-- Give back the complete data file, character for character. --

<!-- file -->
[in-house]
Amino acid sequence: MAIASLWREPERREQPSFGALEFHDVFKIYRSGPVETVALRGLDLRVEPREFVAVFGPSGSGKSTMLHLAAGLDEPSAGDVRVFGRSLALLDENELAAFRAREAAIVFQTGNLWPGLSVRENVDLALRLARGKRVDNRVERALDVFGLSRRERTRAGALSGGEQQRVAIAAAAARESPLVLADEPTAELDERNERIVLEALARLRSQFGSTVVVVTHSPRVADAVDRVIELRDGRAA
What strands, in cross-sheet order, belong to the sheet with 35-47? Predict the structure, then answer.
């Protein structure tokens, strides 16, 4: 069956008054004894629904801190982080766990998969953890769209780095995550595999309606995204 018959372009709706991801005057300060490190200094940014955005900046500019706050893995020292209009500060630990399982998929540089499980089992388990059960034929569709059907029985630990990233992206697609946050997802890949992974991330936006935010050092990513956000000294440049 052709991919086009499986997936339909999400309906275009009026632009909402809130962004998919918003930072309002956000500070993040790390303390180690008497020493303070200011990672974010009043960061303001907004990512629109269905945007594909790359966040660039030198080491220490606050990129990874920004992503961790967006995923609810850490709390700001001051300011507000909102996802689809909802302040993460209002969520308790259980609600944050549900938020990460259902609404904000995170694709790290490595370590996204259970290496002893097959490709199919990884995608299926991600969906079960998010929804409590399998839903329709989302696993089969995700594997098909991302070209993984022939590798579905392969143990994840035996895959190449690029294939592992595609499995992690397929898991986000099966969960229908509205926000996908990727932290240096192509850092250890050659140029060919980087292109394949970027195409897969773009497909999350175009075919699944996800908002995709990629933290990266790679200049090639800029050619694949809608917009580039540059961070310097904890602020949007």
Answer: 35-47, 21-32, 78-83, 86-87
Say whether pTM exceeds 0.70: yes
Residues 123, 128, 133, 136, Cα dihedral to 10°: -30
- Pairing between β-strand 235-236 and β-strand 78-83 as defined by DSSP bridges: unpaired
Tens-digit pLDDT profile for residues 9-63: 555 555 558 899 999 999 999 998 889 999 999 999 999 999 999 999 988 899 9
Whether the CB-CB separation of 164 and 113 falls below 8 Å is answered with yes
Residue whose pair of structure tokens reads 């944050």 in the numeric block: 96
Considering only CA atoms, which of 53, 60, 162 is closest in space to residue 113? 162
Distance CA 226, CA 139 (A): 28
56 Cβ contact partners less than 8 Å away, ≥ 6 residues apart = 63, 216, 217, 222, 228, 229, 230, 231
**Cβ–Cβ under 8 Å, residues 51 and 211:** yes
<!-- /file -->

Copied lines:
[in-house]
Amino acid sequence: MAIASLWREPERREQPSFGALEFHDVFKIYRSGPVETVALRGLDLRVEPREFVAVFGPSGSGKSTMLHLAAGLDEPSAGDVRVFGRSLALLDENELAAFRAREAAIVFQTGNLWPGLSVRENVDLALRLARGKRVDNRVERALDVFGLSRRERTRAGALSGGEQQRVAIAAAAARESPLVLADEPTAELDERNERIVLEALARLRSQFGSTVVVVTHSPRVADAVDRVIELRDGRAA
What strands, in cross-sheet order, belong to the sheet with 35-47? Predict the structure, then answer.
């Protein structure tokens, strides 16, 4: 069956008054004894629904801190982080766990998969953890769209780095995550595999309606995204 018959372009709706991801005057300060490190200094940014955005900046500019706050893995020292209009500060630990399982998929540089499980089992388990059960034929569709059907029985630990990233992206697609946050997802890949992974991330936006935010050092990513956000000294440049 052709991919086009499986997936339909999400309906275009009026632009909402809130962004998919918003930072309002956000500070993040790390303390180690008497020493303070200011990672974010009043960061303001907004990512629109269905945007594909790359966040660039030198080491220490606050990129990874920004992503961790967006995923609810850490709390700001001051300011507000909102996802689809909802302040993460209002969520308790259980609600944050549900938020990460259902609404904000995170694709790290490595370590996204259970290496002893097959490709199919990884995608299926991600969906079960998010929804409590399998839903329709989302696993089969995700594997098909991302070209993984022939590798579905392969143990994840035996895959190449690029294939592992595609499995992690397929898991986000099966969960229908509205926000996908990727932290240096192509850092250890050659140029060919980087292109394949970027195409897969773009497909999350175009075919699944996800908002995709990629933290990266790679200049090639800029050619694949809608917009580039540059961070310097904890602020949007």
Answer: 35-47, 21-32, 78-83, 86-87
Say whether pTM exceeds 0.70: yes
Residues 123, 128, 133, 136, Cα dihedral to 10°: -30
- Pairing between β-strand 235-236 and β-strand 78-83 as defined by DSSP bridges: unpaired
Tens-digit pLDDT profile for residues 9-63: 555 555 558 899 999 999 999 998 889 999 999 999 999 999 999 999 988 899 9
Whether the CB-CB separation of 164 and 113 falls below 8 Å is answered with yes
Residue whose pair of structure tokens reads 């944050």 in the numeric block: 96
Considering only CA atoms, which of 53, 60, 162 is closest in space to residue 113? 162
Distance CA 226, CA 139 (A): 28
56 Cβ contact partners less than 8 Å away, ≥ 6 residues apart = 63, 216, 217, 222, 228, 229, 230, 231
**Cβ–Cβ under 8 Å, residues 51 and 211:** yes